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Chapter 19. The Urinary System. Learning Objectives (1 of 2). Describe normal structure and functions of the kidneys Explain pathogenesis and clinical manifestations of glomerulonephritis, nephrosis, nephrosclerosis, and glomerulosclerosis

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the urinary system

Chapter 19

The Urinary System

learning objectives 1 of 2
Learning Objectives (1 of 2)
  • Describe normal structure and functions of the kidneys
  • Explain pathogenesis and clinical manifestations of glomerulonephritis, nephrosis, nephrosclerosis, and glomerulosclerosis
  • Describe clinical manifestations and complications of urinary tract infections
  • Describe causes of renal tubular injury, manifestations, treatment
learning objectives 2 of 2
Learning Objectives (2 of 2)
  • Explain mechanism of urinary tract calculi formation, complications, manifestations of urinary tract obstruction
  • Differentiate major forms of cystic disease of the kidney and prognoses; common tumors affecting urinary tract
  • Describe causes, clinical manifestations, treatment of renal failure
  • Describe principles and techniques of hemodialysis
urinary system
Urinary System
  • Kidneys: produce urine
  • Excretory duct system
    • Ureter: conveys urine into bladder by peristalsis
    • Renal pelvis: expanded upper portion of ureter
    • Major calyces: subdivisions of renal pelvis
    • Minor calyces: subdivisions of major calyces into which renal papillae discharge
  • Bladder: stores urine
    • Discharges urine into urethra during voiding
    • Anatomic configuration of bladder and ureters normally prevents reflux of urine into ureters
  • Urethra: conveys urine from the bladder for excretion
kidneys 1 of 2
Kidneys (1 of 2)
  • Paired, bean-shaped organs below diaphragm adjacent to vertebral column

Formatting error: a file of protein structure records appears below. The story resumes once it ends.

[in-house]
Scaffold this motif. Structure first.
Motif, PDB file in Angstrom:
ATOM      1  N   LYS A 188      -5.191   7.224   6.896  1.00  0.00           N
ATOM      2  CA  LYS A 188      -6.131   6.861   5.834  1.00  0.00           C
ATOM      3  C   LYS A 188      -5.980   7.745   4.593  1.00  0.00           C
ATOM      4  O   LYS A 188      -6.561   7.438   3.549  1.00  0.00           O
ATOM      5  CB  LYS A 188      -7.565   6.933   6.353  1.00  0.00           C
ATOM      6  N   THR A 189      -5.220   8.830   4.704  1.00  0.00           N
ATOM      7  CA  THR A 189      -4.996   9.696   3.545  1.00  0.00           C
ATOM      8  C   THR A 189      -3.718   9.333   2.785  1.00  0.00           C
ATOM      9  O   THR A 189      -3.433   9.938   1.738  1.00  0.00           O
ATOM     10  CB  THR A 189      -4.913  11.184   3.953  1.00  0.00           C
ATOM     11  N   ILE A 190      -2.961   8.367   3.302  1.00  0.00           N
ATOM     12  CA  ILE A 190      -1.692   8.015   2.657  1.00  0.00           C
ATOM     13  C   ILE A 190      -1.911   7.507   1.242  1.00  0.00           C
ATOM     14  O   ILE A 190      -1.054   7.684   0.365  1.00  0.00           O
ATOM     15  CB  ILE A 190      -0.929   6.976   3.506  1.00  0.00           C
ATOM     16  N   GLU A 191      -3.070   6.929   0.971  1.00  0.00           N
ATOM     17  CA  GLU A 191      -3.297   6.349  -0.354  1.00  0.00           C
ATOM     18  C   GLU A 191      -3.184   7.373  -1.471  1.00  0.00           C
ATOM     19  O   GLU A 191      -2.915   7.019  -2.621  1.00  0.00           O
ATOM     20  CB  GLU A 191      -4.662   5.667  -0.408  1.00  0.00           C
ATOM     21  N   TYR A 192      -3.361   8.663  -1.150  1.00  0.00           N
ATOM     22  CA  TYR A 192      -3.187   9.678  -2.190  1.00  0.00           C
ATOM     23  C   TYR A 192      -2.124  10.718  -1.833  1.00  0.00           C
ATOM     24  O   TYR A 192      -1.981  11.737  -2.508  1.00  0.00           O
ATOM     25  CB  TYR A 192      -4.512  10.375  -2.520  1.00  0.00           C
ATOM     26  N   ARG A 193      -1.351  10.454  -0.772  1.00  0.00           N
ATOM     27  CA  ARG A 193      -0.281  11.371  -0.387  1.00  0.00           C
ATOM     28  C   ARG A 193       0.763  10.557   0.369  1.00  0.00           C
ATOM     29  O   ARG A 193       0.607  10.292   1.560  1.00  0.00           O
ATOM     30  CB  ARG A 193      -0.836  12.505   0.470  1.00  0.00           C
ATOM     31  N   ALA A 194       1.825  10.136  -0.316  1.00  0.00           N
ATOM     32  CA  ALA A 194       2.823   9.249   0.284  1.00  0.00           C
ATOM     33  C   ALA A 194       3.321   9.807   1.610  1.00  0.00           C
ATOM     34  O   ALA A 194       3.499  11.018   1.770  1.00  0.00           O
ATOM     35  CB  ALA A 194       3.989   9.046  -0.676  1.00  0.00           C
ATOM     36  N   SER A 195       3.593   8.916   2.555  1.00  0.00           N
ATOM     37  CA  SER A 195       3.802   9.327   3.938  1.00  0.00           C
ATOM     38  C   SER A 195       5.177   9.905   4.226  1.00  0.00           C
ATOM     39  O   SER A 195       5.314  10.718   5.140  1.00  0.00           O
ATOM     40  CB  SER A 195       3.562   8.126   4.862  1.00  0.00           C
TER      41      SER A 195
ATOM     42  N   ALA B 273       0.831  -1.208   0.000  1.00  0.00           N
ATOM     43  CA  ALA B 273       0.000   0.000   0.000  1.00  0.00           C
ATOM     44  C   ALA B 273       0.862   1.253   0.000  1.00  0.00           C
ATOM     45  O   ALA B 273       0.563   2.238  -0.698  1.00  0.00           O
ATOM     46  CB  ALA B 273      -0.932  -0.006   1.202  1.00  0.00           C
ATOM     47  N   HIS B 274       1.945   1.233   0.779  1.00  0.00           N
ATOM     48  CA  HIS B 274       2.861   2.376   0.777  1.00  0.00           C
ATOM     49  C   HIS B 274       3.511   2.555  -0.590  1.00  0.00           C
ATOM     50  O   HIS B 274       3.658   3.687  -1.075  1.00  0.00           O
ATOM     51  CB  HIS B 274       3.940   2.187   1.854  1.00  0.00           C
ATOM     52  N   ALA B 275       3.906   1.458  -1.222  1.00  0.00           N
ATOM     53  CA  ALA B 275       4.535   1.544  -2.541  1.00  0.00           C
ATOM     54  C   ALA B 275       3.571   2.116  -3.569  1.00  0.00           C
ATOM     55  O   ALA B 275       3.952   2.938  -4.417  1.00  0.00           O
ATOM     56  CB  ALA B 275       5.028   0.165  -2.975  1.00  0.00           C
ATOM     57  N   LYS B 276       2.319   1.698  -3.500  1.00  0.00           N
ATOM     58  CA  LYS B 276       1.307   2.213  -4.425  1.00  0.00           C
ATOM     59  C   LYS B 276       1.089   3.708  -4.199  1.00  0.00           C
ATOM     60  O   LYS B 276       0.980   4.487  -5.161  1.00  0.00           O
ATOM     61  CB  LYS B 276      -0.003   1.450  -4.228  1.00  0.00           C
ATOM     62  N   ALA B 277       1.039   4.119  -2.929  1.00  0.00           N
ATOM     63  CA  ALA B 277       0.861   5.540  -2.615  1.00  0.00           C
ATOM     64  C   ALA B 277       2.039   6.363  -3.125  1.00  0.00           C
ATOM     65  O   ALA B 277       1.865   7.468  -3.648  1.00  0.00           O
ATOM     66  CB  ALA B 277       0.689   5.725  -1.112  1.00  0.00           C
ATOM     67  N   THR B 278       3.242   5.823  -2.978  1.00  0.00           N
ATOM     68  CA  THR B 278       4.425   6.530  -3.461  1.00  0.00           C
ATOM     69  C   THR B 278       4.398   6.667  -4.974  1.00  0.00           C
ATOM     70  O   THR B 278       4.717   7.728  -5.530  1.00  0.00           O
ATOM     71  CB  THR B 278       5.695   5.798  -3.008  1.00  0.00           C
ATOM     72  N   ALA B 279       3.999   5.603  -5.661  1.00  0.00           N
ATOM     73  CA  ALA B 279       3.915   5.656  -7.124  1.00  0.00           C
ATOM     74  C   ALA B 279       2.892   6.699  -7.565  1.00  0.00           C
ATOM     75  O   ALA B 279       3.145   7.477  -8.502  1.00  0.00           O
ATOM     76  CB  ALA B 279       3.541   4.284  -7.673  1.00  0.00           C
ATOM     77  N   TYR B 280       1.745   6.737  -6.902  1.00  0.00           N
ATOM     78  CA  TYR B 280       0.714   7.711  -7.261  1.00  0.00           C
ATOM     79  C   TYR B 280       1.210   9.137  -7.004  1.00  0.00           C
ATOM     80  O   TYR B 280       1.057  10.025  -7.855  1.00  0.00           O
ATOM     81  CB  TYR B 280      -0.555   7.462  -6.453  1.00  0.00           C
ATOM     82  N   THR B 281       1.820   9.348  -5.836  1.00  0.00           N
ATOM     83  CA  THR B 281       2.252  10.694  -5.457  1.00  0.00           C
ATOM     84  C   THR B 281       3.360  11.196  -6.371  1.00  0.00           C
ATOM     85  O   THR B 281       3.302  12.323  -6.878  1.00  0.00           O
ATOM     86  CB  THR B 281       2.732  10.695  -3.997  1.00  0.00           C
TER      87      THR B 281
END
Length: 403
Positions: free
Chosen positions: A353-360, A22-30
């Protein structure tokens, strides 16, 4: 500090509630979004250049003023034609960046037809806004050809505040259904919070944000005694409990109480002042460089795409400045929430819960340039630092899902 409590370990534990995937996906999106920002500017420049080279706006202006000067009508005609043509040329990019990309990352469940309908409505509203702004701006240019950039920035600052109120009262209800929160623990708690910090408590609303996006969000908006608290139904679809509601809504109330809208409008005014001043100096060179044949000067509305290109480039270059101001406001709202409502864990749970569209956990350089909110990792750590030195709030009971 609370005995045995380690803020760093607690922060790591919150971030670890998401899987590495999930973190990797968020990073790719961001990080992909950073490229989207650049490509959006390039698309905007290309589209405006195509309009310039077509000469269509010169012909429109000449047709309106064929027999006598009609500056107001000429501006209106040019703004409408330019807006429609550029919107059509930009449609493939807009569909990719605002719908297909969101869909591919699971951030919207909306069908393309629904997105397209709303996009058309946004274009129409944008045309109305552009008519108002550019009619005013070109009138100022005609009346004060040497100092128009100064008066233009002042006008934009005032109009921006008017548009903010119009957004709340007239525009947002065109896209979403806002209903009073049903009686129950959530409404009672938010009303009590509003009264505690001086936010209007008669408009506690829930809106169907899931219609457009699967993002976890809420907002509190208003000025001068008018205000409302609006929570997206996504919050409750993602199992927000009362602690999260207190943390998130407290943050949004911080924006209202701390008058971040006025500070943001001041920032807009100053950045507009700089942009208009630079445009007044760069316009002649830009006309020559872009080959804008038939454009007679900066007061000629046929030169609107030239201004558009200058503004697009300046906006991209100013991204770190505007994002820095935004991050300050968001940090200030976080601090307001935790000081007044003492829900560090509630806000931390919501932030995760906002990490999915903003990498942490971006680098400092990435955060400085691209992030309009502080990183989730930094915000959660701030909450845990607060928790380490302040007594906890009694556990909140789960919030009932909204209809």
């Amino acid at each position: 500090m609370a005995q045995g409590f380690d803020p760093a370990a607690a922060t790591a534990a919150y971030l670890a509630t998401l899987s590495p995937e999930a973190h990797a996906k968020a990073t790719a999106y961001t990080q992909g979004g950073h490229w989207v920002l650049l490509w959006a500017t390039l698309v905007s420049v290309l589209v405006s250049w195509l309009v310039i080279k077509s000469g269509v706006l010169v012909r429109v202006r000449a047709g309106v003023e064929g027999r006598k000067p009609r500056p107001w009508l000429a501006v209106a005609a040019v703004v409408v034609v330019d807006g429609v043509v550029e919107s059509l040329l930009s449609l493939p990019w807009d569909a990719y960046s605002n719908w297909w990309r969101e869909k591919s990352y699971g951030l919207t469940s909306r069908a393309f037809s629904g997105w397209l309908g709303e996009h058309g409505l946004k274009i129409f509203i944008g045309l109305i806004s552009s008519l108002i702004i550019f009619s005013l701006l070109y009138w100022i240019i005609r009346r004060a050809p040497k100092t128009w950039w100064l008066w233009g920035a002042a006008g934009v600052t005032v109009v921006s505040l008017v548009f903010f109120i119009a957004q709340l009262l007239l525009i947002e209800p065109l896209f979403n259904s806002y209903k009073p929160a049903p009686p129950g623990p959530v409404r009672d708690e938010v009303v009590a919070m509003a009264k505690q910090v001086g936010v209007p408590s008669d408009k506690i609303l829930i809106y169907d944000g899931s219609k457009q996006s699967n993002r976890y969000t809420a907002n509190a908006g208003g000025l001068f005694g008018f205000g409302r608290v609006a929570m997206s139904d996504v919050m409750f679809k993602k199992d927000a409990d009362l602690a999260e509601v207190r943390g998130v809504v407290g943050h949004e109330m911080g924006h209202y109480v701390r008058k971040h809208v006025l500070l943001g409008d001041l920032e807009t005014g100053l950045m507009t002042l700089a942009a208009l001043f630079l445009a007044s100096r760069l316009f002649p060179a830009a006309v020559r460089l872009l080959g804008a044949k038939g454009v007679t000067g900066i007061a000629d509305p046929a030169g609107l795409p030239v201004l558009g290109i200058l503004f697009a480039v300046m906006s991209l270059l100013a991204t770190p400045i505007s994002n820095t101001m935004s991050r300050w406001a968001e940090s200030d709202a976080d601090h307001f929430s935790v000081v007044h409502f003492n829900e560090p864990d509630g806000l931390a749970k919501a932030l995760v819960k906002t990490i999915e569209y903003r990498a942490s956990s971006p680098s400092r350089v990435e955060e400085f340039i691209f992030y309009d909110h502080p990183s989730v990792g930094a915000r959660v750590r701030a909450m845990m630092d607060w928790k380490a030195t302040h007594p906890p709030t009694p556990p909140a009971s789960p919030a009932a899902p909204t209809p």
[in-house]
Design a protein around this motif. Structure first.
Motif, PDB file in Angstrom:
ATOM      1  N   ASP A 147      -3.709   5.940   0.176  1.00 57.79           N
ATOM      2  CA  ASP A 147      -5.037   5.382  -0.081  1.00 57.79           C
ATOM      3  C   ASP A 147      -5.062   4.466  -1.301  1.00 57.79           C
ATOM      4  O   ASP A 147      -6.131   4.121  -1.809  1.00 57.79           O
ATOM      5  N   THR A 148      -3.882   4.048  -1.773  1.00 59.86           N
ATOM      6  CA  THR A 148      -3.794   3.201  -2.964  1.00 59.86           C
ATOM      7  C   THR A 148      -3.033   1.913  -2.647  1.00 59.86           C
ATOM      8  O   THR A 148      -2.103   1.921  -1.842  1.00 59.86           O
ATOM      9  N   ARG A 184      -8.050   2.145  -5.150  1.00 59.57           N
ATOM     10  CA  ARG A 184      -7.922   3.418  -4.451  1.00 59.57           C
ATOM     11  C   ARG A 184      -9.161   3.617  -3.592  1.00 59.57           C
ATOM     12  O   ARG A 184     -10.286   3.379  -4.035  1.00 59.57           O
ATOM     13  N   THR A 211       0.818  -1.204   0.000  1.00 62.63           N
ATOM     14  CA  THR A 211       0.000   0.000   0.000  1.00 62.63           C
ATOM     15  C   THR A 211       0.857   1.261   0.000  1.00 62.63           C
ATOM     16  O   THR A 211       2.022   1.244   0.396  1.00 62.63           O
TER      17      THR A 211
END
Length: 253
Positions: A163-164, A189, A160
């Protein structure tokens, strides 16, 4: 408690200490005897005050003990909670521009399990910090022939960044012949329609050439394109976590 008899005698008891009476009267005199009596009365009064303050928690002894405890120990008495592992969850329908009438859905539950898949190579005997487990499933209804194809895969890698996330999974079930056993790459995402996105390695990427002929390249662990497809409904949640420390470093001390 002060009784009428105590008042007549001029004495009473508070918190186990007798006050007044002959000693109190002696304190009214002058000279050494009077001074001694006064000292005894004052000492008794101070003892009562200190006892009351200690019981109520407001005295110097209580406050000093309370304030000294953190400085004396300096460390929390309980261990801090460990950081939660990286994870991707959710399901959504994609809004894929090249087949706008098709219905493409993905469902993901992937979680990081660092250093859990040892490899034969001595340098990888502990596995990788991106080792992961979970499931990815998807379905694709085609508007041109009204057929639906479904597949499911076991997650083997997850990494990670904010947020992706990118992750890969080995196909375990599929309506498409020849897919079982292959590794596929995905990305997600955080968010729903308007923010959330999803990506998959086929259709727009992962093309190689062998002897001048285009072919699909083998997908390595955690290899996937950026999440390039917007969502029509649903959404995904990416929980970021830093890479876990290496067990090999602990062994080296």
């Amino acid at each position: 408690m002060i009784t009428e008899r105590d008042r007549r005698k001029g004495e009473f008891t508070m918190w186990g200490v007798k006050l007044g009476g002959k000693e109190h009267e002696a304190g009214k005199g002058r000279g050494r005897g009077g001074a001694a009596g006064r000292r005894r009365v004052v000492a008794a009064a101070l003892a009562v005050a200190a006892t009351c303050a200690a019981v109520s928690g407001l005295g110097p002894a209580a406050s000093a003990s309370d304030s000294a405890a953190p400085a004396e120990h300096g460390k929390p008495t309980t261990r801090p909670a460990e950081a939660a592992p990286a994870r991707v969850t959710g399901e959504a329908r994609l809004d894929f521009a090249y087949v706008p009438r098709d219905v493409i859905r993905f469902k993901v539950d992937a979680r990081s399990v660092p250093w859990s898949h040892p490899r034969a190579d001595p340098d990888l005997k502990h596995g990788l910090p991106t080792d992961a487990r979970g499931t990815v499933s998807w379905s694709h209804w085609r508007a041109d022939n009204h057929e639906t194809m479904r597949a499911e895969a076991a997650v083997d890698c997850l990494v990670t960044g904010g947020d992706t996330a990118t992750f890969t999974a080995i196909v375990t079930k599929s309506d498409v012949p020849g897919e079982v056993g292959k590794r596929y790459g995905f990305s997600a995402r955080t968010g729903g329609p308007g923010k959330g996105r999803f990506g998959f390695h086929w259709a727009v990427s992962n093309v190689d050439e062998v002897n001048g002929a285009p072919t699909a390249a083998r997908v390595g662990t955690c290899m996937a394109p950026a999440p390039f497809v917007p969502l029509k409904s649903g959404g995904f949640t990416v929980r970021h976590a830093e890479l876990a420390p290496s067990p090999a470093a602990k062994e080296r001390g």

• Divided into outer cortex and inner medulla (renal pyramids and columns)
  • Excretory organs, functions along with lungs in excreting waste products of food metabolism
  • Three basic functions
    • 1. Excrete waste products of food metabolism
      • CO2 and H2O: end-products of carbohydrate and fat metabolism
      • Urea and other acids: end-products of protein metabolism that only the kidneys can excrete
kidneys 2 of 2
Kidneys (2 of 2)
  • 2. Regulate mineral and H2O balance
    • Excretes excess minerals and H20 ingested and conserving them as required
    • Body’s internal environment is determined not by what a person ingests but by what the kidneys retain
  • 3. Produces erythropoietin and renin: specialized cells in the kidneys
    • Erythropoietin: regulates RBC production in marrow
    • Renin: helps regulate blood pressure
nephron 1 of 2
Nephron (1 of 2)
  • Basic structural and functional unit of the kidney
  • About 1 million nephrons in each kidney
  • Consists of glomerulus and renal tubule
  • Glomerulus
    • Tuft of capillaries supplied by an afferent glomerular arteriole that recombine into an efferent glomerular
    • Material is filtered by a 3-layered glomerular filter
      • Inner: fenestrated capillary endothelium
      • Middle: basement membrane
      • Outer: capillary endothelial cells (with foot processes and filtration slits)
    • Mesangial cells: contractile phagocytic cells that hold the capillary tuft together; regulate caliber of capillaries affecting filtration rate
nephron 2 of 2
Nephron (2 of 2)
  • Renal tubule: reabsorbs most of filtrate; secretes unwanted components into tubular fluid; regulates H2O balance
    • Proximal end: Bowman’s capsule
    • Distal end: empties into collecting tubules
  • Requirements for normal renal function
    • Free flow of blood through the glomerular capillaries
    • Normally functioning glomerular filter that restricts passage of blood cells and protein
    • Normal outflow of urine
slide10

A representation of fine structure of glomerular filter as visualized by electron microscopy. Segment of glomerular capillaries

slide11

A representation of fine structure of glomerular filter as visualized by electron microscopy. Cross-section through the center of the glomerulus.

slide12

The structure of the renal tubule, illustrating its relationship to the glomerulus and the collecting tubule.

slide13

Bowman’s Capsule